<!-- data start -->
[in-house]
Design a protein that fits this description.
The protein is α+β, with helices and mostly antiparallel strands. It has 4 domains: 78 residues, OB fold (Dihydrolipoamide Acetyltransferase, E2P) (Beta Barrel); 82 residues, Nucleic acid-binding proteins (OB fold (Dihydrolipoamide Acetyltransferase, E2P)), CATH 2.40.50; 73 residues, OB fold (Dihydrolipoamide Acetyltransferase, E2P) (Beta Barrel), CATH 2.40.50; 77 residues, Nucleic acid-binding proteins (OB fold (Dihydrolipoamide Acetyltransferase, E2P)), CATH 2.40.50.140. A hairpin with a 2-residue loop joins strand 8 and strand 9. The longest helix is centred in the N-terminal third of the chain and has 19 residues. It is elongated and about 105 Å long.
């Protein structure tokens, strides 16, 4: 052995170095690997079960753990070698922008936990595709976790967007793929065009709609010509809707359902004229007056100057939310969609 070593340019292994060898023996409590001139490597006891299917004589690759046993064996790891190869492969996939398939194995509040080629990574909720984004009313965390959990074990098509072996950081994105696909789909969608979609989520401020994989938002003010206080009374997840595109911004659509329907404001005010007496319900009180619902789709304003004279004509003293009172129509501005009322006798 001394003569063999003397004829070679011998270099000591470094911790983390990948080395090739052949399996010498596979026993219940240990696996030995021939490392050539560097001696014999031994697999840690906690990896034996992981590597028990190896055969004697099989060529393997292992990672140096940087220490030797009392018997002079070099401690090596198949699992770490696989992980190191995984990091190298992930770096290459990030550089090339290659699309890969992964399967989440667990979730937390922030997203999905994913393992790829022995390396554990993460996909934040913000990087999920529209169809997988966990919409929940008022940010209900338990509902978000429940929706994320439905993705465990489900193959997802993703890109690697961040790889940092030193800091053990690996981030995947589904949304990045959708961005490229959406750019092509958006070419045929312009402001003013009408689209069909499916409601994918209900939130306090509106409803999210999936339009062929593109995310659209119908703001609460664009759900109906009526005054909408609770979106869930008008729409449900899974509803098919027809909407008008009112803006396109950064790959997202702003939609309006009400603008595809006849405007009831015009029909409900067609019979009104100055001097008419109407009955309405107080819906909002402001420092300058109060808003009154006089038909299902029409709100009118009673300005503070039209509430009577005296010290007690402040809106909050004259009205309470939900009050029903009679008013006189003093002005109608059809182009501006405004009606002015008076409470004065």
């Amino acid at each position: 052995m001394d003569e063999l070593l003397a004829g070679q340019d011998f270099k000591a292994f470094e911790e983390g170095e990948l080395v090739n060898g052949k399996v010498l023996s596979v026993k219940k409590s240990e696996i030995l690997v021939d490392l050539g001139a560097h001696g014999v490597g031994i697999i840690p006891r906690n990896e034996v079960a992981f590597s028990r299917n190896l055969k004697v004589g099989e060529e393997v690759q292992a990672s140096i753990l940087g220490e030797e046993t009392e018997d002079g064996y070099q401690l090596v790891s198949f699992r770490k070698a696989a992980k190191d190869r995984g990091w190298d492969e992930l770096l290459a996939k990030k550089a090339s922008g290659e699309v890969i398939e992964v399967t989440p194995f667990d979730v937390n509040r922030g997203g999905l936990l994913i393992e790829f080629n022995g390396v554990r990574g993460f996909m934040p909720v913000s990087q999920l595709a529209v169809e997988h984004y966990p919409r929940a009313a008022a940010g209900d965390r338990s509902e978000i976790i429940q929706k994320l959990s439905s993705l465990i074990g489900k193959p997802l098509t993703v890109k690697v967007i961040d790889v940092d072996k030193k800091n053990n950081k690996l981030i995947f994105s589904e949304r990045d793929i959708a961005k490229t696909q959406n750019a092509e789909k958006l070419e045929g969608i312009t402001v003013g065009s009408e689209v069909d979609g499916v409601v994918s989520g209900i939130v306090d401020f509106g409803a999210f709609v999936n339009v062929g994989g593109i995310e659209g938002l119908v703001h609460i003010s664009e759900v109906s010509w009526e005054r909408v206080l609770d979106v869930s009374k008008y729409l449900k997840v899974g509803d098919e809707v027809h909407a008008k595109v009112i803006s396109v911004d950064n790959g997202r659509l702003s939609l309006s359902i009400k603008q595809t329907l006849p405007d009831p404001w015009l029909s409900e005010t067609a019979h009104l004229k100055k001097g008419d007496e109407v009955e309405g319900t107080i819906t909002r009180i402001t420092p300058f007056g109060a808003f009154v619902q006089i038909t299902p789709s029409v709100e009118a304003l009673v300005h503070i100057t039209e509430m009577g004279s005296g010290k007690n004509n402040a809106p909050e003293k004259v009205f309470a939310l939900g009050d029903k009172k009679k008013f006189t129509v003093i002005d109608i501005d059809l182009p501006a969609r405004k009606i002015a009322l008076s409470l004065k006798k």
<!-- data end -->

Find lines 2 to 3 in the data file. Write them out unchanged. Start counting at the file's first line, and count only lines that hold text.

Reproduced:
Design a protein that fits this description.
The protein is α+β, with helices and mostly antiparallel strands. It has 4 domains: 78 residues, OB fold (Dihydrolipoamide Acetyltransferase, E2P) (Beta Barrel); 82 residues, Nucleic acid-binding proteins (OB fold (Dihydrolipoamide Acetyltransferase, E2P)), CATH 2.40.50; 73 residues, OB fold (Dihydrolipoamide Acetyltransferase, E2P) (Beta Barrel), CATH 2.40.50; 77 residues, Nucleic acid-binding proteins (OB fold (Dihydrolipoamide Acetyltransferase, E2P)), CATH 2.40.50.140. A hairpin with a 2-residue loop joins strand 8 and strand 9. The longest helix is centred in the N-terminal third of the chain and has 19 residues. It is elongated and about 105 Å long.